GOP fights back after Dayton gives hefty pay raises to commissioners

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Republican lawmakers in Minnesota are pushing back against Gov. Dayton's decision to increase salaries for his cabinet members by up to $35,000 a year.

Members of the House Ways and Means Committee Monday approved an amendment that would cut funding for several state agencies by the same amount that their commissioners are receiving in higher pay, MPR News reports.

The total amount of money is $40,000, a drop in the bucket compared to the agencies' multi-million dollar budgets. But the message the GOP lawmakers sent to Dayton, a DFLer, was loud and clear.

They called the salary increases luxurious, and said the size of them defied explanation, according to the St. Paul Pioneer Press.

Dayton has the authority to increase salaries of his commissioners without needing legislative approval, under a state law passed in 2013. So he gave 26 commissioners and agency heads raises ranging from $11,000 to $35,000 per year. The highest paid of them will earn nearly $155,000 per year.

In a letter he sent to legislative leaders Monday, Dayton said he took the action because commissioners' salaries have not gone up in 12 years, and the higher salaries are necessary to attract and keep talented people in state service, according to MPR News.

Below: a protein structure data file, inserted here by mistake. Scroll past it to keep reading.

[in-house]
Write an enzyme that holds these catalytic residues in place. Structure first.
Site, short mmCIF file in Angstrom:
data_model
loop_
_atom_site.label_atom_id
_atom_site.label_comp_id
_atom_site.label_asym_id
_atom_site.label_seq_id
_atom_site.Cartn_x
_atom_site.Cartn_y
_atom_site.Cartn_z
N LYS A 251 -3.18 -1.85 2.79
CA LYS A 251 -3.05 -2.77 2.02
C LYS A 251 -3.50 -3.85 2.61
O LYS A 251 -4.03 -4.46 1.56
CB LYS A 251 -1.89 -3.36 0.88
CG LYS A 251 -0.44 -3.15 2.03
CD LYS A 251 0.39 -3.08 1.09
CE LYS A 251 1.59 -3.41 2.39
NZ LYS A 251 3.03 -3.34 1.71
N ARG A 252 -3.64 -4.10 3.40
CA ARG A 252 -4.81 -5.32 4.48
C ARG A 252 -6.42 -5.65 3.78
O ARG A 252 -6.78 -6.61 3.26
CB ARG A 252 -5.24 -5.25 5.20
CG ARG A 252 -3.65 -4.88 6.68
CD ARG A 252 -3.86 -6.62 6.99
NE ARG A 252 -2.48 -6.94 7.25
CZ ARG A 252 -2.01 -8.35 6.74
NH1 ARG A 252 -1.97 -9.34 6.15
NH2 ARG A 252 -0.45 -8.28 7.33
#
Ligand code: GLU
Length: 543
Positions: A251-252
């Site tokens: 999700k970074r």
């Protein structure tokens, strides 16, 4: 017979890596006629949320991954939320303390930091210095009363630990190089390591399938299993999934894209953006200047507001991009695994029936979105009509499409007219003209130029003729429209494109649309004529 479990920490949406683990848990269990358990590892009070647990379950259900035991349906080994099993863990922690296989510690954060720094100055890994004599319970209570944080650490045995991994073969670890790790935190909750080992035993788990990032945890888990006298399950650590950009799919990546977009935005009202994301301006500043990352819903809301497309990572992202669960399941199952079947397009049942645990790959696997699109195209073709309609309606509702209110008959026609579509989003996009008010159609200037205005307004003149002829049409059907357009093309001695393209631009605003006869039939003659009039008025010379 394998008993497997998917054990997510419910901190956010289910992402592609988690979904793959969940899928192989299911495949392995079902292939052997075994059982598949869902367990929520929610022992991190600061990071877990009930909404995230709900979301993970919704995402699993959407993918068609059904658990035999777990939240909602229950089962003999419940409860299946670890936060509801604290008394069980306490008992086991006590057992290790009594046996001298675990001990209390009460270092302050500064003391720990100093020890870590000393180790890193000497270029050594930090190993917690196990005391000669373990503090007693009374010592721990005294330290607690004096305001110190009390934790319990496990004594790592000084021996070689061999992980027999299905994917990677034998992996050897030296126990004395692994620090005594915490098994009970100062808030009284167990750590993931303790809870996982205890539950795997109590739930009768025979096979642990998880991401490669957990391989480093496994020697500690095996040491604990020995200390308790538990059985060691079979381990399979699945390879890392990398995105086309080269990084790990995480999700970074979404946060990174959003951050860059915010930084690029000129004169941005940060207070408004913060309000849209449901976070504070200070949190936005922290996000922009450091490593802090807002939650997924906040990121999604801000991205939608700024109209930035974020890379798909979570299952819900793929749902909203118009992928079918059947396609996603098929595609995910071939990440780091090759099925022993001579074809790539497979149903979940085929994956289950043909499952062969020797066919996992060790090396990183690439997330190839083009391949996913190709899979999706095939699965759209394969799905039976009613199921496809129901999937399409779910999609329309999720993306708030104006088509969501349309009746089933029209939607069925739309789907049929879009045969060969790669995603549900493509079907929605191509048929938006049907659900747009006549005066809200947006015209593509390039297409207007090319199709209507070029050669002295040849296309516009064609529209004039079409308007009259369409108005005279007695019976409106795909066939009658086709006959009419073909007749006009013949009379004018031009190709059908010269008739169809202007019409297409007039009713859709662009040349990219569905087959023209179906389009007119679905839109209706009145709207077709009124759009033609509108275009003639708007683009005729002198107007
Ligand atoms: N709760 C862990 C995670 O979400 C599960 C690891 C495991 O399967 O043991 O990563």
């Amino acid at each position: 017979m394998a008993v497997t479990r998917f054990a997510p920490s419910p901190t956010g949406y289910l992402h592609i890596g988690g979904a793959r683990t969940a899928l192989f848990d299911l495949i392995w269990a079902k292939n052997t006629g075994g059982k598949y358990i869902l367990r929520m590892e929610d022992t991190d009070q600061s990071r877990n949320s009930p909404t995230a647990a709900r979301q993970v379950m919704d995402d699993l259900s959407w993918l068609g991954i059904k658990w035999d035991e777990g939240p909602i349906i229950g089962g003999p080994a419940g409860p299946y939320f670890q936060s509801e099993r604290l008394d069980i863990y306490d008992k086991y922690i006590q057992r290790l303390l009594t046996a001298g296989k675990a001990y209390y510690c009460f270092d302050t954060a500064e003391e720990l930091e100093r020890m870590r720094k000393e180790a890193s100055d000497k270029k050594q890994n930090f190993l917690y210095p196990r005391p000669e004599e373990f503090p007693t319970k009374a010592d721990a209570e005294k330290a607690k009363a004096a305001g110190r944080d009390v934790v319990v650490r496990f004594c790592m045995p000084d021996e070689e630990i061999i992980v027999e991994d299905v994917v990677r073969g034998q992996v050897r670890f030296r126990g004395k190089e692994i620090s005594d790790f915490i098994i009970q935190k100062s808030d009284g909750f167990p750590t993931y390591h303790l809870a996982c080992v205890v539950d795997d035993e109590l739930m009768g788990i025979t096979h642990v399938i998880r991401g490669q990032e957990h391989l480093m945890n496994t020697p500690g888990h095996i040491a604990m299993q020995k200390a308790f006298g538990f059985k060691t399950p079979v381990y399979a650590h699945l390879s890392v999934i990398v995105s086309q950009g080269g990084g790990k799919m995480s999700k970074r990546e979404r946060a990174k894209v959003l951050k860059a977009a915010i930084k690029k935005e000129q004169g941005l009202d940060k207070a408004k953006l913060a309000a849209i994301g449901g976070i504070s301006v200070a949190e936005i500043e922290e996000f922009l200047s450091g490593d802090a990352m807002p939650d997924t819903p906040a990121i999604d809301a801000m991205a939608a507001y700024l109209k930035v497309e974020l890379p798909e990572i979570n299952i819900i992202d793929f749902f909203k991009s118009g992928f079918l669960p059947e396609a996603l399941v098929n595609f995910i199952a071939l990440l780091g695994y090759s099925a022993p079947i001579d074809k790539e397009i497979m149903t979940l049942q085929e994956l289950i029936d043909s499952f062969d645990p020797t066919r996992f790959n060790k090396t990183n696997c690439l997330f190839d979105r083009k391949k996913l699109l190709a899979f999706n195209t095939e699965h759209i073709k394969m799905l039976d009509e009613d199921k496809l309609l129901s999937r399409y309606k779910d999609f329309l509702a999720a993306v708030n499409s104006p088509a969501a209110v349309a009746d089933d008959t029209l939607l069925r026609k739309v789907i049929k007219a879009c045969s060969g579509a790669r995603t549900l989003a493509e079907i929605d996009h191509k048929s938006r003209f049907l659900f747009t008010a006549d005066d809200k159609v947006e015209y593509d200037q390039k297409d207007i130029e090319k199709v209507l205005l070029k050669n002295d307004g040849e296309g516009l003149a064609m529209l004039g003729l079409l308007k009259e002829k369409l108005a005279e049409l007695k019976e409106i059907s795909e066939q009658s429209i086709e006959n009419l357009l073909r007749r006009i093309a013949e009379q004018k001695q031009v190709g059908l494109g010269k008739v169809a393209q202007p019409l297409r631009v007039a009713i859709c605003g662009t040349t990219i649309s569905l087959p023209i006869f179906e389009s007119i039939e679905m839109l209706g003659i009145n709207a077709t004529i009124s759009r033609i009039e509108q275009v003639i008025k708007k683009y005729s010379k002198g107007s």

He also wrote that none of the commissioners have asked for a raise or complained about their salaries.

That didn't quiet Republican critics at the committee meeting Monday. The chairman, Rep. Jim Knoblach, R-St. Cloud, was upset that legislators didn't hear about the raises until just a few days ago.

Another House committee will likely look at the issue later this week.

Some GOP lawmakers say they'll introduce a bill to reverse the effects of the 2013 law and require the Legislature to approve salaries for some commissioners, according to the Pioneer Press.

Dayton ended the letter by noting he also considers state legislators "woefully underpaid," and said would support raising their salaries to "more appropriate levels."

Most lawmakers earn $31,140 a year, and legislative leaders are paid $43,596, according to the Star Tribune.

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